A Facebook followers recently wrote in to ask about the little bird shaped “like a tugboat” on our San Francisco Bay BirdCam. The photo above shows a baby Common Murre that was found in a paper bag at the community center near Stinson Beach.
“Tugboat” weighed only 90 grams on July 25th when he was transferred by our friends at WildCare to Bird Rescue’s SF Bay Wildlife Center. He has a fractured humerus, likely sustained when he leapt from his nest on a cliff though he is quite small to have made this big leap.
Common Murres are cliff nesters and the babies take a leap into the ocean with their dad when it’s time to head for safer waters. Sometimes called “Pacific Penguins” for their resemblance to that family of birds, murres are in reality more closely related to gulls and terns.
This species has had a rough time in the past few years, including a mass stranding and starvation event in the fall of 2015 which brought more than 500 of them to our center. It is thought that ocean warming and climate change are causing traditional food sources to be less available, leaving molting adults and chicks especially vulnerable since they cannot dive as deep or relocate to better feeding grounds.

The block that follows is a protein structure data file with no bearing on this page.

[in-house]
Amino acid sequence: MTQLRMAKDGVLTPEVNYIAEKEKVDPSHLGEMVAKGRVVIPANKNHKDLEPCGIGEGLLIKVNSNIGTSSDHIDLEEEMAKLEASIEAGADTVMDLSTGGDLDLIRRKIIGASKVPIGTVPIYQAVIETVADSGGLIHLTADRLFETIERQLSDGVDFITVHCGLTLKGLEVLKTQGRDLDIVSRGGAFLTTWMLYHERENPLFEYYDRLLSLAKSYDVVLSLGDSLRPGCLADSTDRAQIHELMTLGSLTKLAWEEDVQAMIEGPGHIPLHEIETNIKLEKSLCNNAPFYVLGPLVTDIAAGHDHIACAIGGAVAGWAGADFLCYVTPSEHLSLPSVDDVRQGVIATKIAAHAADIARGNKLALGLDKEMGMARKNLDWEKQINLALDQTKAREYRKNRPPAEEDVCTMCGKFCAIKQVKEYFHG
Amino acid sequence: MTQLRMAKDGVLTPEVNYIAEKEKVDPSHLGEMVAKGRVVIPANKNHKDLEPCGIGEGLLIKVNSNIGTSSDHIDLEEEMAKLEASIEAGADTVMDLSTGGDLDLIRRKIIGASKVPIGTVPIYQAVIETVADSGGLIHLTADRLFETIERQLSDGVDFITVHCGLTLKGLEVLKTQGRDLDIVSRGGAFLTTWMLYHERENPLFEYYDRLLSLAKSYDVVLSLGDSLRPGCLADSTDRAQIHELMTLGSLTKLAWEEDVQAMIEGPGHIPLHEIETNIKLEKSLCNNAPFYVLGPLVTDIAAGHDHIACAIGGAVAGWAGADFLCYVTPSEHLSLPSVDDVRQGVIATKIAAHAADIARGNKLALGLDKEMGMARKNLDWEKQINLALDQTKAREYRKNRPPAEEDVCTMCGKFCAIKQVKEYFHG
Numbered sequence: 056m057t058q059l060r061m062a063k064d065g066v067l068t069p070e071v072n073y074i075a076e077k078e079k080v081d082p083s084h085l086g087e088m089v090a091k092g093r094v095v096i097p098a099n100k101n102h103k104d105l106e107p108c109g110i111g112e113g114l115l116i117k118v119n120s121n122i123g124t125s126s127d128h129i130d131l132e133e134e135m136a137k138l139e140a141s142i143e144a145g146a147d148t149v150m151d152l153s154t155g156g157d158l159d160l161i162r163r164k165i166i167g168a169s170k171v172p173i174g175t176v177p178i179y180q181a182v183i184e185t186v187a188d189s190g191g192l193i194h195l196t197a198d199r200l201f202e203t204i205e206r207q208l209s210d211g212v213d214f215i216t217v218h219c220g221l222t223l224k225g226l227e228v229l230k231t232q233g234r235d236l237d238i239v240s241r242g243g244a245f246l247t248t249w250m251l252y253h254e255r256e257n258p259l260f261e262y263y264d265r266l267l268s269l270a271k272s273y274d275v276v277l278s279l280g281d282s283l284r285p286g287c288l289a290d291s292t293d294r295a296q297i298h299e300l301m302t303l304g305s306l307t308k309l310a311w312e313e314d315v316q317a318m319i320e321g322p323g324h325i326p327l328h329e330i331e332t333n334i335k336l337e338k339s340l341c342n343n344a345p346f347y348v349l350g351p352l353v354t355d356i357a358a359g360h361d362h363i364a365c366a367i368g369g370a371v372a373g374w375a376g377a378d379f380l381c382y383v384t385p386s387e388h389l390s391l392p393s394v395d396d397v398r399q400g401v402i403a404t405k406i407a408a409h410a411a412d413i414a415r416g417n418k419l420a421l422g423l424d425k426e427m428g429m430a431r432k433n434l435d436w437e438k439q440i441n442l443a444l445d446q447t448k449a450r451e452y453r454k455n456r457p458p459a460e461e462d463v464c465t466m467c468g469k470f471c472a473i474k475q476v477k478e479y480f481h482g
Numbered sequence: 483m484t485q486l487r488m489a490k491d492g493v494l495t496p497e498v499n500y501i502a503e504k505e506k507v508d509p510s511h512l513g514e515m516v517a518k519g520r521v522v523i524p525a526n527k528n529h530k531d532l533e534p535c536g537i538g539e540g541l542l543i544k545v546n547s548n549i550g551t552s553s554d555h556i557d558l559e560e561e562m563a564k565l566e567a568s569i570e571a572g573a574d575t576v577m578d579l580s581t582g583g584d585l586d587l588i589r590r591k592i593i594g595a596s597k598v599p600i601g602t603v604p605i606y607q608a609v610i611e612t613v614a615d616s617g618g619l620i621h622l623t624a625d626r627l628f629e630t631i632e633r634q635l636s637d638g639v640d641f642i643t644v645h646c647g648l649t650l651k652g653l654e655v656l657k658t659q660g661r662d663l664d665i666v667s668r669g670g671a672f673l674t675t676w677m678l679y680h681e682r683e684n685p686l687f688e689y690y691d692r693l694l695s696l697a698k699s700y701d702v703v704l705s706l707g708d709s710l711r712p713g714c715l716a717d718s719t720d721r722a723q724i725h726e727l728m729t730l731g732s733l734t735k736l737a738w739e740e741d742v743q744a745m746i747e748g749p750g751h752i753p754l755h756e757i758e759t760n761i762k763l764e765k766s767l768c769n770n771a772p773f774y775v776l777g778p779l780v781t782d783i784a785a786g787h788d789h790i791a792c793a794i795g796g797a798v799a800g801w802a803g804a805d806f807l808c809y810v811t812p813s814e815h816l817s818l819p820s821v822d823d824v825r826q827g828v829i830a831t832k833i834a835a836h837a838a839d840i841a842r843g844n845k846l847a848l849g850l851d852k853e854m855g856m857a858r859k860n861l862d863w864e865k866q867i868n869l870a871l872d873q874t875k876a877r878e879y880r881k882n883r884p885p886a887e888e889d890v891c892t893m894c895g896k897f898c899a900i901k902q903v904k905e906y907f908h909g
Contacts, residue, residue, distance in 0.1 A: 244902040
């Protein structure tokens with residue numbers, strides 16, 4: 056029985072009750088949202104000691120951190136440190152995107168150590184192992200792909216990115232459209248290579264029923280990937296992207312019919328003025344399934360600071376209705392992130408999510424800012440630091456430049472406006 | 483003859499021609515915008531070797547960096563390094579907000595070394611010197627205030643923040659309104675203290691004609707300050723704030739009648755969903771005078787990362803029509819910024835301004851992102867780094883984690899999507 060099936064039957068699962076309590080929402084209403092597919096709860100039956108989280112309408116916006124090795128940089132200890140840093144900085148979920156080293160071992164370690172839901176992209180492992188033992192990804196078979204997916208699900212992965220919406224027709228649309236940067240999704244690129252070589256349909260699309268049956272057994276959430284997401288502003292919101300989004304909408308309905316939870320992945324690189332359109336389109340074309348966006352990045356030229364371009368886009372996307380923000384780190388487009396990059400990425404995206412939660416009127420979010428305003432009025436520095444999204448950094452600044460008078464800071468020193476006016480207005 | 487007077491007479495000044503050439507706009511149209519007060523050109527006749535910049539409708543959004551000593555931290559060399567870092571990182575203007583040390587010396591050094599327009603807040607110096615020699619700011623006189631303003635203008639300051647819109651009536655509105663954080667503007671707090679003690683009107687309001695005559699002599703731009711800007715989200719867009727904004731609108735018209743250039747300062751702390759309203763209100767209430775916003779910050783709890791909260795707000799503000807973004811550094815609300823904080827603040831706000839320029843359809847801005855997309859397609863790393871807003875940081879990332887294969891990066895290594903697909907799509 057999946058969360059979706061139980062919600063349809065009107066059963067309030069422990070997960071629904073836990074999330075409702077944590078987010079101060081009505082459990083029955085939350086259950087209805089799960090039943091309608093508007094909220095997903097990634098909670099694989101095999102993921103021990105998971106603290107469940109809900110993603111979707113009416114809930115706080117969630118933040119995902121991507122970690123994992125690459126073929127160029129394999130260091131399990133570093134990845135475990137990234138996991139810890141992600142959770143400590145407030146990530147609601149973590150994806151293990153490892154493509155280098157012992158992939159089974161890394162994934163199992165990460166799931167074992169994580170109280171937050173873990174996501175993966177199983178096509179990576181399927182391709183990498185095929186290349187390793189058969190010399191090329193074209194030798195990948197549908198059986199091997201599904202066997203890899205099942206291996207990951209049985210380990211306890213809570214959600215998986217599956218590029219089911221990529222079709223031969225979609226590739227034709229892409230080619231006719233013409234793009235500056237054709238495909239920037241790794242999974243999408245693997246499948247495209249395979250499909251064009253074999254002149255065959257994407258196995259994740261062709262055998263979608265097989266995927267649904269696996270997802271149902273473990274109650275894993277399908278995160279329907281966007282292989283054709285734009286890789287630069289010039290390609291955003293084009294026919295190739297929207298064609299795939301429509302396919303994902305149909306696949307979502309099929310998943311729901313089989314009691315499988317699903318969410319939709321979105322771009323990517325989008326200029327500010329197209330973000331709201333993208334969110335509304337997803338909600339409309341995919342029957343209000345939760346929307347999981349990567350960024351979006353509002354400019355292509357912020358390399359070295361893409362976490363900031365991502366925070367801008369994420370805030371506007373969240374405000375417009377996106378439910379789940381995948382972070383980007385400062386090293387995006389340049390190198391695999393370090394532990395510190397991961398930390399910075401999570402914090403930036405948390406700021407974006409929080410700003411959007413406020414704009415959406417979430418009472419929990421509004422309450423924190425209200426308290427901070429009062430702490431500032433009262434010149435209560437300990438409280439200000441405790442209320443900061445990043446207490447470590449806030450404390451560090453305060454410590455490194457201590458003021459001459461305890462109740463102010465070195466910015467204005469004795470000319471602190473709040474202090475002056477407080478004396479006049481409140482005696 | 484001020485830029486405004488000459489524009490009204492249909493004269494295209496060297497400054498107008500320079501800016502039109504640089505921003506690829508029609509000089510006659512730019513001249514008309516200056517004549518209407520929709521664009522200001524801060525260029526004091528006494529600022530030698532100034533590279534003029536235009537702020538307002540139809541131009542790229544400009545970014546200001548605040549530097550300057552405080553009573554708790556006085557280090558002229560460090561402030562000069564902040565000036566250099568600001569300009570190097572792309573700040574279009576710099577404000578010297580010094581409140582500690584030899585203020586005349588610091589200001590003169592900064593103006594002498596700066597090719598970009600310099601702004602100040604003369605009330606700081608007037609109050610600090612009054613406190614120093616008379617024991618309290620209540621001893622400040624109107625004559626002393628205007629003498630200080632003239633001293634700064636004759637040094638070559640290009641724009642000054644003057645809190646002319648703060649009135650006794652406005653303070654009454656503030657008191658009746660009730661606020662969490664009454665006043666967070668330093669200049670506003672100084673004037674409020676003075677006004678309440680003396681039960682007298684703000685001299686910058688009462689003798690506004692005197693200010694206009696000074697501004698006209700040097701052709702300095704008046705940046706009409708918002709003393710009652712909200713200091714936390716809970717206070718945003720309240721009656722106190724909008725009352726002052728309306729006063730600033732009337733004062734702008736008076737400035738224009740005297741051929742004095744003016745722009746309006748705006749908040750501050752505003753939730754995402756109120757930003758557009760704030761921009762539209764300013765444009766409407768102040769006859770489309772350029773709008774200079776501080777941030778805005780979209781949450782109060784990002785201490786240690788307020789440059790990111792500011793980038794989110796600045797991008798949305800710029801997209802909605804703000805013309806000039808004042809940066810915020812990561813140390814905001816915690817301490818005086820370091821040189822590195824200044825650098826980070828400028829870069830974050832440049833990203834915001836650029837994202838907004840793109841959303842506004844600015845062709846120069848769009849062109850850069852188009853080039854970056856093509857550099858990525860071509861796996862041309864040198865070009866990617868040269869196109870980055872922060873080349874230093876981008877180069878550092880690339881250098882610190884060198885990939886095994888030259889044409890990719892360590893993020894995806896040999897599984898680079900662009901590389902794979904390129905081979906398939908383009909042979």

Tugboat had his daily exam a few days ago and he has more than doubled in weight in just ten days! Murres in care will eat their body weight of fish in a sitting, so this little fellow will eat 200 grams of capelin (4-5 fish) in a day. We especially enjoy these birds as patients because adults will readily take on a surrogate chick, as shown in the photo on the right.
Photo credits: Cheryl Reynolds, International Bird Rescue